So, well done to Vic Horatius, Russel Crossey and Dave Luck for re-confirming the presence of this species in the region. Many keen birders, like myself and Dave Luck, have seen Ross's Turaco in Uganda, and it is an awesome bird. It is however very difficult to photograph, so we are still encouraging photographers to keep an eye out for these magnificent birds, and to send their images to BirdLife Botswana.

Friday, October 7, 2011

Vultures curb spread of disease

With the recent news headlines in northern Botswana focused on a possible anthrax outbreak, I become nervous lest some misguided person try to implicate vultures in spreading the bacteria. This has happened in the past, so it is worth reading the views of anthrax expert, Peter Turnbull, below:

Nature's clean-up squad in action (Photo: J Bestelink)

"At the time of death in an animal dying of anthrax, the blood and body fluids are loaded with anthrax bacteria: there are more bacteria than red blood corpuscles in the blood. On exposure to the oxygen of the air, these start to form spores - the hardy forms of the anthrax agent which can survive for decades in the soil where blood and body fluids from such an animal have spilled. Vultures, in demolishing the dead animal before much of this sporulation can occur, contribute to reducing the environmental contamination left by the carcase. In theory, the faster the carcase is consumed, the less the chance of sporulation and residual contamination. And, at least to a point, more vultures = faster consumption. Faster consumption aldo reduces the chance of spread of the disease by flies.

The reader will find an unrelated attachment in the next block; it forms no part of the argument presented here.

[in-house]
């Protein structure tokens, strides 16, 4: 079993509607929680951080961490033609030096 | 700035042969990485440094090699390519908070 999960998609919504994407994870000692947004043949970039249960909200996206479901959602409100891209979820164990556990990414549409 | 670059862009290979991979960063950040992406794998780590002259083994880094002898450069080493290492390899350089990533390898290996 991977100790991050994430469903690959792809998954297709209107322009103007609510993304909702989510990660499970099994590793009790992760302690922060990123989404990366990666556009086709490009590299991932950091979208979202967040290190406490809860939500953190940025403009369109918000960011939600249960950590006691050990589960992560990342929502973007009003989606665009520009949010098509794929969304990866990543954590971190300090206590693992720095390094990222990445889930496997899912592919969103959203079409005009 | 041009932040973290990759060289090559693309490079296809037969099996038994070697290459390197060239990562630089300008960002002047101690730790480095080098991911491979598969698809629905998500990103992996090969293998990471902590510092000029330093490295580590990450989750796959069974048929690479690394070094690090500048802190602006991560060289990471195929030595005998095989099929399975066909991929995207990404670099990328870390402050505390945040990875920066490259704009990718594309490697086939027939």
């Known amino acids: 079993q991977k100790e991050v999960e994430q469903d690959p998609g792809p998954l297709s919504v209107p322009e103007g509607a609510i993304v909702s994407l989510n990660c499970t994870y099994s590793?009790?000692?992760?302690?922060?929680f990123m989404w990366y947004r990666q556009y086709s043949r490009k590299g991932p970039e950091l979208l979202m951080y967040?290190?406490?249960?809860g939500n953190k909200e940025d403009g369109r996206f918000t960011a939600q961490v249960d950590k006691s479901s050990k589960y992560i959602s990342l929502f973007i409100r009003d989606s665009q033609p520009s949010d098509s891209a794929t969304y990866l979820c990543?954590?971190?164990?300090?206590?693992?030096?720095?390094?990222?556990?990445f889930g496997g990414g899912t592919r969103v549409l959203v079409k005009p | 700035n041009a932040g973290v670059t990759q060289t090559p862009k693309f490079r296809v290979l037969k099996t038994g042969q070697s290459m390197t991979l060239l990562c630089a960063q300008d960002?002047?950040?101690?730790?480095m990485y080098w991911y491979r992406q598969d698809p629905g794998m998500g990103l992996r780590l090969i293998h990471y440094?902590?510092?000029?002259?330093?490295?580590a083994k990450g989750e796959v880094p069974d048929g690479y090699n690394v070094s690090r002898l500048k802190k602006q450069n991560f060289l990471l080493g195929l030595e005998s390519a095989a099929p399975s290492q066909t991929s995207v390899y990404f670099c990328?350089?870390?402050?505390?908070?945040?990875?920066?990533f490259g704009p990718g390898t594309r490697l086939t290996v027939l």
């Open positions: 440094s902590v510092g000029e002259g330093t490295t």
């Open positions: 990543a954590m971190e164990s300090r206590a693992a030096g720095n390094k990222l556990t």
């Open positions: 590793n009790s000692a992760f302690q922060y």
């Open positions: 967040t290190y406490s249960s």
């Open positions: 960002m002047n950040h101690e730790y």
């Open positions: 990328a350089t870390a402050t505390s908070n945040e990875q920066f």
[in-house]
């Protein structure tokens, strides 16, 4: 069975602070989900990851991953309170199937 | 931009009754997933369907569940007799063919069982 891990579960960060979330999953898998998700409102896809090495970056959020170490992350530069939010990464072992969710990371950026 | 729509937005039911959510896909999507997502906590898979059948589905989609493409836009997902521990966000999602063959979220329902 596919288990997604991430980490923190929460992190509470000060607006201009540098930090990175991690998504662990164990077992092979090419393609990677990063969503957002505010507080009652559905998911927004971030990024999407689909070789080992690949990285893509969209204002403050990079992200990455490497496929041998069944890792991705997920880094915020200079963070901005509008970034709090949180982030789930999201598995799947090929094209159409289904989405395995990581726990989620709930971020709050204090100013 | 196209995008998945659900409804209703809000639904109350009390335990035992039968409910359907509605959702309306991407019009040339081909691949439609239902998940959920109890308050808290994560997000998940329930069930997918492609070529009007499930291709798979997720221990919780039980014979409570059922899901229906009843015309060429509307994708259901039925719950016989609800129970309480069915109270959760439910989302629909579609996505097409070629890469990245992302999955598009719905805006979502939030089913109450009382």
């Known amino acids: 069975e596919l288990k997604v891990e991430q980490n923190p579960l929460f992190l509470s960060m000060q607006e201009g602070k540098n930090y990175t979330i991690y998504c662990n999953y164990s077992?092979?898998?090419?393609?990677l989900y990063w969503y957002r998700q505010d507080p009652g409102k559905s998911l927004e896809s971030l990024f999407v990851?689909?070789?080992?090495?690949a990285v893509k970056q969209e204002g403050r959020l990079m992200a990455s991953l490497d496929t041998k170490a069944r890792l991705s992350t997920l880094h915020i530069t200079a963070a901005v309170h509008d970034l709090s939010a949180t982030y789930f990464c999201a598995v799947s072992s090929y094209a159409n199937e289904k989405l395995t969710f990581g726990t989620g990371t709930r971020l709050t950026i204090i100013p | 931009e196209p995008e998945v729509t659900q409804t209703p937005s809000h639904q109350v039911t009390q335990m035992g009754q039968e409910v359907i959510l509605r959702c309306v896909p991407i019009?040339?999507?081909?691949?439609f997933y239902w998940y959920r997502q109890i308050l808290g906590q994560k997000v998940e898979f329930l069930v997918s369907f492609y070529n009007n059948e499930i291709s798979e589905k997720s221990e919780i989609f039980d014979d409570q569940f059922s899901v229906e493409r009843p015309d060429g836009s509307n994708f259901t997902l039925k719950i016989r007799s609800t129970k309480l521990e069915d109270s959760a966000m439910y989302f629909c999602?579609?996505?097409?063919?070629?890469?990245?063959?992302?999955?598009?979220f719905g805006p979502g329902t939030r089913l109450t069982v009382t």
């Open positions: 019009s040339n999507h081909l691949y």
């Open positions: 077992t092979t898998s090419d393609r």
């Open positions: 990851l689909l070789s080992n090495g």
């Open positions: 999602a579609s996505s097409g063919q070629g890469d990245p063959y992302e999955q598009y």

The vultures do, of course, get the infected blood and gore on their beaks and feathers and they will go to nearby water to wash this off. However, unsporulated bacteria are fragile and die off quickly in water (they are also quickly killed within the vulture's digestive system). So, although the water may derive some anthrax spore contamination from bacteria that have started to sporulate, this will be low - bacteriological testing has proved how difficult it is to detect anthrax spores in such bodies of water. By the time the birds are airborne again, numbers of spores on their feet, beaks, feathers and in their guts is back to zero or very low.

Vultures are very clean, and bathe regularly (Photo: P Hancock)